Friday, October 19, 2012

The Lumberjacks Who Felled California’s Giant Redwoods

This series of photos from the 1915-era capture lumberjacks working among the redwoods in Humboldt County, California, when tree logging was at its peak. The photos are part of the Humboldt State University Library Special Collections, a series of pictures from northwest California from the 1880s through the 1920s by Swedish photographer A.W. Ericson.

When Euro-Americans swept westward in the 1800s, they needed raw material for their homes and lives. Commercial logging followed the expansion of America as companies struggled to keep up with the furious pace of progress. Timber harvesting quickly became the top manufacturing industry in the west.

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When gold was discovered in north-western California in 1850, thousands crowded the remote redwood region in search of riches and new lives. Failing in efforts to strike it rich in gold, these men turned toward harvesting the giant trees for booming development in San Francisco and other places on the West Coast. These trees are the tallest and one of the most massive tree species on Earth. The size of the huge trees made them prized timber, as redwood became known for its durability and workability. By 1853, nine sawmills were at work in Eureka, a gold boom town established three years prior due to the gold boom. At that period of time, redwood forest covered more than 2,000,000 acres (8,100 km2) of the California coast.

The loggers used axes, saws, and other early methods of bringing the trees down. Rapidly improving technology in the 20th century allowed more trees to be harvested in less time. Transportation also caught up to the task of moving the massive logs. Railways started replacing horses and oxen. Land fraud was common, as acres of prime redwood forests were transferred from the public domain to private industry. Although some of the perpetrators were caught, many thousands of acres of land were lost in land swindles.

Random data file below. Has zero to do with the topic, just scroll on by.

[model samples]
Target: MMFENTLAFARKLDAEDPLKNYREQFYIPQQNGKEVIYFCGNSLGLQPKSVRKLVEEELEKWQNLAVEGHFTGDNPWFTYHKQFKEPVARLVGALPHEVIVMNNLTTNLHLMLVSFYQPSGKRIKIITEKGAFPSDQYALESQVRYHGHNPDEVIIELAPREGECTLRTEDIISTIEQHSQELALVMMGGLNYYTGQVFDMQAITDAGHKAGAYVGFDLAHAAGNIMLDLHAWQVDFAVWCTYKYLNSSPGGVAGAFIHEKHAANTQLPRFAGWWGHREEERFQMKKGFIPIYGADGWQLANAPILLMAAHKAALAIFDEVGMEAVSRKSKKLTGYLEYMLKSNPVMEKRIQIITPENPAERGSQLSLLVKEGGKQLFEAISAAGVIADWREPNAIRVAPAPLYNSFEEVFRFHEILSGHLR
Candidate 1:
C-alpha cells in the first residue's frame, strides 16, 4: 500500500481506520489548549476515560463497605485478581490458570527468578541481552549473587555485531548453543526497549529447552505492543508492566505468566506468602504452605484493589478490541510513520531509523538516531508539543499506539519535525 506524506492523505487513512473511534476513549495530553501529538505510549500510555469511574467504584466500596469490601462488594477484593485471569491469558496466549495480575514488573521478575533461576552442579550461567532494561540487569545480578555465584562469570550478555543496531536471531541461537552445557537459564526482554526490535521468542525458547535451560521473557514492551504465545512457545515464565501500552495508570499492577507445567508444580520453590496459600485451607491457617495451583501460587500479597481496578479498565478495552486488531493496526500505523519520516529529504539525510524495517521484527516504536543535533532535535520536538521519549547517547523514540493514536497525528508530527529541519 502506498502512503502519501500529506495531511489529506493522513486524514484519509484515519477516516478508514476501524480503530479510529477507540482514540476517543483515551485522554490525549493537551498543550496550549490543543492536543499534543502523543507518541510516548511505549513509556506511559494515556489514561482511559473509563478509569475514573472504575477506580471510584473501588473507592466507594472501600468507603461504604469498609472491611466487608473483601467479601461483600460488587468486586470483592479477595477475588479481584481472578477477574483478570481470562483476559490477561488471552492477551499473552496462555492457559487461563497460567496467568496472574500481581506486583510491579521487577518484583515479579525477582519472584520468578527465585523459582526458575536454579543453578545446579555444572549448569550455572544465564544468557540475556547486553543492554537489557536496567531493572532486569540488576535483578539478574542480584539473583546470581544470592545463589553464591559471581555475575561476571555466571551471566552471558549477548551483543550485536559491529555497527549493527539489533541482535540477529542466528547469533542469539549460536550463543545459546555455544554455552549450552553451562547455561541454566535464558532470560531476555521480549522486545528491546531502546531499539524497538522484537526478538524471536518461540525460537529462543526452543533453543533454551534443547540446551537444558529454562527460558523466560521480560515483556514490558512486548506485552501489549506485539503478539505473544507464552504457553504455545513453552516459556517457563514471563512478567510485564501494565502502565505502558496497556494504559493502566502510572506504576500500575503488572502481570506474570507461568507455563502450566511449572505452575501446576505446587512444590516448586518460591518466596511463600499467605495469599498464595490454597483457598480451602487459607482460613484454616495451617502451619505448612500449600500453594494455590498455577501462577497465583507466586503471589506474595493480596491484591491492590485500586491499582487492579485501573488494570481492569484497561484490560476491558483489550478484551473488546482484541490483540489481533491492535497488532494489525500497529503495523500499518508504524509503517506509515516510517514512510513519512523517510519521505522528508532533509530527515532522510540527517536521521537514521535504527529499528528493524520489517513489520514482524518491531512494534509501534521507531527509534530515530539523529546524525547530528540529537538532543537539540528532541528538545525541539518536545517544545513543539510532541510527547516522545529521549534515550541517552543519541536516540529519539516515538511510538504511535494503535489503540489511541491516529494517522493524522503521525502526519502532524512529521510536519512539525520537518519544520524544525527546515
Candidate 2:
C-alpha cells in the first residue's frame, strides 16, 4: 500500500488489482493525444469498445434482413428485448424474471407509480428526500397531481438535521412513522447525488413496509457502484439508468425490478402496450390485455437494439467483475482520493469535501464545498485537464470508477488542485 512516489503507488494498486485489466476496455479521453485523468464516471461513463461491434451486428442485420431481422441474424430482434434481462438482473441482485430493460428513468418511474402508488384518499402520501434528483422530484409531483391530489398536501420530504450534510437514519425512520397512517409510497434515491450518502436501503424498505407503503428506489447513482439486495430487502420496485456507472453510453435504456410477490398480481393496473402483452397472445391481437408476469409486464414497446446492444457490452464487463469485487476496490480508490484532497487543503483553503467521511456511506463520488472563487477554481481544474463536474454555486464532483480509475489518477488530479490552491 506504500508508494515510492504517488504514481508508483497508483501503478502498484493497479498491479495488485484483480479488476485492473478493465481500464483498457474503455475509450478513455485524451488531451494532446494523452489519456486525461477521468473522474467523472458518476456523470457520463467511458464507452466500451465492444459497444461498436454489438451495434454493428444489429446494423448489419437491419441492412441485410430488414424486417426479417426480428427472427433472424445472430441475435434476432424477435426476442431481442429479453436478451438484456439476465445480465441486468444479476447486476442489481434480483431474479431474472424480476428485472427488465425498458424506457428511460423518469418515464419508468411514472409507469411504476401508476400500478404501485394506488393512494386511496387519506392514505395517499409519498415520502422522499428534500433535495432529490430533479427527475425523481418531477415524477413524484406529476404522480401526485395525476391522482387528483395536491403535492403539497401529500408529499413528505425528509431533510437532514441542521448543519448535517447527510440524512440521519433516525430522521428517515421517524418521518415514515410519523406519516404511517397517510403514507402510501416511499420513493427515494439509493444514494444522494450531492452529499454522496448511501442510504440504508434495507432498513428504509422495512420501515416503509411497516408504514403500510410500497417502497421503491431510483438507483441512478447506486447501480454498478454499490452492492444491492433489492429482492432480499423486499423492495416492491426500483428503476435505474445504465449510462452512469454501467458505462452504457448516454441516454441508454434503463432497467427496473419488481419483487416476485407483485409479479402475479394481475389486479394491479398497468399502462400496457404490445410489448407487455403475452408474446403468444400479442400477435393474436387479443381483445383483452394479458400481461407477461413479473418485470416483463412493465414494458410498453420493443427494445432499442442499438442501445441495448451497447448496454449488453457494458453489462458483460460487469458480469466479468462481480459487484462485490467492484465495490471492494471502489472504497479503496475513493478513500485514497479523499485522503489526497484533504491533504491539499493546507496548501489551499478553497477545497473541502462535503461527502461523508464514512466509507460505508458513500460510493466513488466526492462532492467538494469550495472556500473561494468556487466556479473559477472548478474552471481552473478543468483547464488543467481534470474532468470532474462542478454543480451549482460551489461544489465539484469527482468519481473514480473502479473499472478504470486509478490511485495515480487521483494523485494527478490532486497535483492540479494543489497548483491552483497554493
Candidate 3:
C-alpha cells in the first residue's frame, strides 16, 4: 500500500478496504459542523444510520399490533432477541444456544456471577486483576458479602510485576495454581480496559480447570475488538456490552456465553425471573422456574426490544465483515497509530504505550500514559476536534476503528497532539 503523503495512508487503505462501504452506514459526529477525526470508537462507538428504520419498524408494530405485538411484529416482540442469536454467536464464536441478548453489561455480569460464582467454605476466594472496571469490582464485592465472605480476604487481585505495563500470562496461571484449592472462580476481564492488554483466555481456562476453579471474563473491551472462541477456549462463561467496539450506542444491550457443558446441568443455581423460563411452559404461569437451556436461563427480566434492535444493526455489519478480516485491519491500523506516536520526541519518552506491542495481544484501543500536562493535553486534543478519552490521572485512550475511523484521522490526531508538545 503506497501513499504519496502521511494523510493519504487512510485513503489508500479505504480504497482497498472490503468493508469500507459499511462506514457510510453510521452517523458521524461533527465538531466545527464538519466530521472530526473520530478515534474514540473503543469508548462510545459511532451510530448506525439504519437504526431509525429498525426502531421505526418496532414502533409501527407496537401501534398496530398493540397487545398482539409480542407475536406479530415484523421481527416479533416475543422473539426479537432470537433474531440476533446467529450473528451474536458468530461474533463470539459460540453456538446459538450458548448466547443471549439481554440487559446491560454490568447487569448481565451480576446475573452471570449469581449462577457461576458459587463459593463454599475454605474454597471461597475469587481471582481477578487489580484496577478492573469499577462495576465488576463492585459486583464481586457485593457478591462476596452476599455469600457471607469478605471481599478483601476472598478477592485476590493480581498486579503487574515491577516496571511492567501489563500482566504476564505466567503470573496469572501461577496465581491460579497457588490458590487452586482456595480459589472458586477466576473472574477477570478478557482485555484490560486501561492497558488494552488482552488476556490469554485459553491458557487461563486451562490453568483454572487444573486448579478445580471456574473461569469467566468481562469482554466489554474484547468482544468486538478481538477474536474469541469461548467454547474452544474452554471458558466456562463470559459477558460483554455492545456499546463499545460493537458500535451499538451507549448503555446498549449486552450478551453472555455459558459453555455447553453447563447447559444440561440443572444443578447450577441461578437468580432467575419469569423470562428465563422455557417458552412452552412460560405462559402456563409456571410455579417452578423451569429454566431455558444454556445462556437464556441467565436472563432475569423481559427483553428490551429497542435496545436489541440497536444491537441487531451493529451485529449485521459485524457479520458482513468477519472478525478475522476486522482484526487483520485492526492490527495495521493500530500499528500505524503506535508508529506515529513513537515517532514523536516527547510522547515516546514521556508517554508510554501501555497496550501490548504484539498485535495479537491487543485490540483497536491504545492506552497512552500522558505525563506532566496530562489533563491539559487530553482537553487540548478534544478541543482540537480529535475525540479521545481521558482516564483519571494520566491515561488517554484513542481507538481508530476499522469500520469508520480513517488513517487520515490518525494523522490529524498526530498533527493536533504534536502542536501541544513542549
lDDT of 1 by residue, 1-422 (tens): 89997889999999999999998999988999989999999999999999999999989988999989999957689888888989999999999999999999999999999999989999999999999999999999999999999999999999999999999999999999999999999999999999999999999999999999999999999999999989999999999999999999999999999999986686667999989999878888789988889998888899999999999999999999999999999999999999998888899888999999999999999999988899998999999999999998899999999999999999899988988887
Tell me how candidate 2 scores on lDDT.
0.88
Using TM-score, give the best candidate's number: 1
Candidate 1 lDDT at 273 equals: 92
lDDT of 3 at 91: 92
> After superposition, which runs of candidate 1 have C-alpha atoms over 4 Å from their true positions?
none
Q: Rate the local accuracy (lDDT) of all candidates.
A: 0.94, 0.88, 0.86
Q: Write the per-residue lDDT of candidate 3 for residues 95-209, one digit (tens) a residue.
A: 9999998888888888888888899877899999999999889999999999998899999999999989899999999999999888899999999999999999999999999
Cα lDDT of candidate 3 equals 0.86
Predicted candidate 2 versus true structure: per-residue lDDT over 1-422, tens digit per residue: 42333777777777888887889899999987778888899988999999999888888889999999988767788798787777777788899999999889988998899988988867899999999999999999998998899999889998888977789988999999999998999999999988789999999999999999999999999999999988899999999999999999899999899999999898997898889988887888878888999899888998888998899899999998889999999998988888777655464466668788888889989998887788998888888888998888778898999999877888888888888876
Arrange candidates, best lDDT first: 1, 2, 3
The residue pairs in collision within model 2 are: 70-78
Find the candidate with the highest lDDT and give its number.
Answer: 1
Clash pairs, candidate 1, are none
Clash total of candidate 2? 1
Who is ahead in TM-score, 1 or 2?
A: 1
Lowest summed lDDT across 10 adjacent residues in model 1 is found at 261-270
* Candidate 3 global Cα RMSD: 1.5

After many decades of unobstructed clear-cut logging, serious efforts toward conservation began. In 1918, the Save-the-Redwoods League was founded to preserve remaining old-growth redwoods, and their work resulted in the establishment of Prairie Creek, Del Norte Coast, and Jedediah Smith Redwoods State Parks among others. By the time Redwood National Park was created in 1968, nearly 90% of the original redwood trees had been logged.

Today, the Redwood National and State Parks combined contain only 133,000 acres (540 km2) of redwood forest. In addition to the redwood forests, the parks preserve other indigenous flora, fauna, grassland prairie, cultural resources, portions of rivers and other streams, and 37 miles (60 km) of pristine coastline.

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Sources: Wikipedia, NPS, DailyMail

10 comments:

  1. That's a shit ton of wood

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  2. I have to say, this is really sad.

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  3. My great grandparents were glad the wood built them a house, so were my grandparents, so were my parents and so am I.
    My kids, on the other hand, would rather live out in the elements UNDER a tree instead of in a house built FROM a tree.
    Hail Gaia, I guess.

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  4. Giant redwoods over pasture... Twisted living!

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  5. What would they have done without animals to do this work? Would those trees still be there I wonder?

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  6. I've pedaled through all of this on my journey and I assure you all that the redwoods are in fine shape right now and Humboldt county and the state have done a wonderful job of preserving them

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  7. Educated yourselves you narrow minded idiots. They did not know all you retards would over populate the planet and be greedy back then. Life was good and people were honest. Only blame yourselves for the world you live in today <3

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